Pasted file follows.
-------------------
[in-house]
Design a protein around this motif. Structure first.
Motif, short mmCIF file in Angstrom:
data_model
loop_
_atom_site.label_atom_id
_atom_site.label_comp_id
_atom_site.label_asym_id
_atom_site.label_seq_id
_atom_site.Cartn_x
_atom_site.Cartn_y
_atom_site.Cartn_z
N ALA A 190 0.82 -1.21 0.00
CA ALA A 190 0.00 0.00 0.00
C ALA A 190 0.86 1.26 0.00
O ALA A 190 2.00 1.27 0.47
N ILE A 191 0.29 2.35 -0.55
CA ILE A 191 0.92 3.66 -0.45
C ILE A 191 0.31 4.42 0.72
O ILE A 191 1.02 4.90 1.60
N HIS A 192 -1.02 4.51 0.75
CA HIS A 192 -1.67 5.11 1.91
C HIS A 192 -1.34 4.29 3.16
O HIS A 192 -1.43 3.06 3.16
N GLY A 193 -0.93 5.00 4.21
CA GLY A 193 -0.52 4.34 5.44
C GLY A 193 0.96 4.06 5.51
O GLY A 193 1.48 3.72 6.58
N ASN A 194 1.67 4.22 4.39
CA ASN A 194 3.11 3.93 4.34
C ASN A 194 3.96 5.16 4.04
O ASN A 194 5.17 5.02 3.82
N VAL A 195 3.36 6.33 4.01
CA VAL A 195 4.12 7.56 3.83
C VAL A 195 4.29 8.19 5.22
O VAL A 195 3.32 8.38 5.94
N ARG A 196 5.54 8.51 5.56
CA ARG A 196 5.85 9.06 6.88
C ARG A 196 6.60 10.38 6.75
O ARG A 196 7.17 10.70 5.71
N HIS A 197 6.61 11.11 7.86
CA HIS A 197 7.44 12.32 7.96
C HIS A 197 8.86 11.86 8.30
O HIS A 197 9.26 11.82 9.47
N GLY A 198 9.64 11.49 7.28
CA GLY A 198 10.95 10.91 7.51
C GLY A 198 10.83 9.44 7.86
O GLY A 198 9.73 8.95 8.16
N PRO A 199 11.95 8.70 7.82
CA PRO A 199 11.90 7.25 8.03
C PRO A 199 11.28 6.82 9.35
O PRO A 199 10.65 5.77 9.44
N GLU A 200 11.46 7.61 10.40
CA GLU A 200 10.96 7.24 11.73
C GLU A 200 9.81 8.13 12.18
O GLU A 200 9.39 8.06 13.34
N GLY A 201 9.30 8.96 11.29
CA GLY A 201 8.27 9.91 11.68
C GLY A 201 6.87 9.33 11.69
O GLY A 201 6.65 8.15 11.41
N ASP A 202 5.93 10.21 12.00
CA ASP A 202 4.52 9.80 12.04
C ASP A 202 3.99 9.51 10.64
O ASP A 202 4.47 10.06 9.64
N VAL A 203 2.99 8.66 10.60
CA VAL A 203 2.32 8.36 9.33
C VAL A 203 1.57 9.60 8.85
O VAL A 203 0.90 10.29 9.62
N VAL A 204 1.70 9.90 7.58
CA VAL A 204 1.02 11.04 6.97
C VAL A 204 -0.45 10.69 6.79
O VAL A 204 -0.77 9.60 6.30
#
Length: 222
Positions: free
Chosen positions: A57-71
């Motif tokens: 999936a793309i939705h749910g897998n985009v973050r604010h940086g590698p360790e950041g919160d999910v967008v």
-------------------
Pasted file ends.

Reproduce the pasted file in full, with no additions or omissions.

[in-house]
Design a protein around this motif. Structure first.
Motif, short mmCIF file in Angstrom:
data_model
loop_
_atom_site.label_atom_id
_atom_site.label_comp_id
_atom_site.label_asym_id
_atom_site.label_seq_id
_atom_site.Cartn_x
_atom_site.Cartn_y
_atom_site.Cartn_z
N ALA A 190 0.82 -1.21 0.00
CA ALA A 190 0.00 0.00 0.00
C ALA A 190 0.86 1.26 0.00
O ALA A 190 2.00 1.27 0.47
N ILE A 191 0.29 2.35 -0.55
CA ILE A 191 0.92 3.66 -0.45
C ILE A 191 0.31 4.42 0.72
O ILE A 191 1.02 4.90 1.60
N HIS A 192 -1.02 4.51 0.75
CA HIS A 192 -1.67 5.11 1.91
C HIS A 192 -1.34 4.29 3.16
O HIS A 192 -1.43 3.06 3.16
N GLY A 193 -0.93 5.00 4.21
CA GLY A 193 -0.52 4.34 5.44
C GLY A 193 0.96 4.06 5.51
O GLY A 193 1.48 3.72 6.58
N ASN A 194 1.67 4.22 4.39
CA ASN A 194 3.11 3.93 4.34
C ASN A 194 3.96 5.16 4.04
O ASN A 194 5.17 5.02 3.82
N VAL A 195 3.36 6.33 4.01
CA VAL A 195 4.12 7.56 3.83
C VAL A 195 4.29 8.19 5.22
O VAL A 195 3.32 8.38 5.94
N ARG A 196 5.54 8.51 5.56
CA ARG A 196 5.85 9.06 6.88
C ARG A 196 6.60 10.38 6.75
O ARG A 196 7.17 10.70 5.71
N HIS A 197 6.61 11.11 7.86
CA HIS A 197 7.44 12.32 7.96
C HIS A 197 8.86 11.86 8.30
O HIS A 197 9.26 11.82 9.47
N GLY A 198 9.64 11.49 7.28
CA GLY A 198 10.95 10.91 7.51
C GLY A 198 10.83 9.44 7.86
O GLY A 198 9.73 8.95 8.16
N PRO A 199 11.95 8.70 7.82
CA PRO A 199 11.90 7.25 8.03
C PRO A 199 11.28 6.82 9.35
O PRO A 199 10.65 5.77 9.44
N GLU A 200 11.46 7.61 10.40
CA GLU A 200 10.96 7.24 11.73
C GLU A 200 9.81 8.13 12.18
O GLU A 200 9.39 8.06 13.34
N GLY A 201 9.30 8.96 11.29
CA GLY A 201 8.27 9.91 11.68
C GLY A 201 6.87 9.33 11.69
O GLY A 201 6.65 8.15 11.41
N ASP A 202 5.93 10.21 12.00
CA ASP A 202 4.52 9.80 12.04
C ASP A 202 3.99 9.51 10.64
O ASP A 202 4.47 10.06 9.64
N VAL A 203 2.99 8.66 10.60
CA VAL A 203 2.32 8.36 9.33
C VAL A 203 1.57 9.60 8.85
O VAL A 203 0.90 10.29 9.62
N VAL A 204 1.70 9.90 7.58
CA VAL A 204 1.02 11.04 6.97
C VAL A 204 -0.45 10.69 6.79
O VAL A 204 -0.77 9.60 6.30
#
Length: 222
Positions: free
Chosen positions: A57-71
């Motif tokens: 999936a793309i939705h749910g897998n985009v973050r604010h940086g590698p360790e950041g919160d999910v967008v």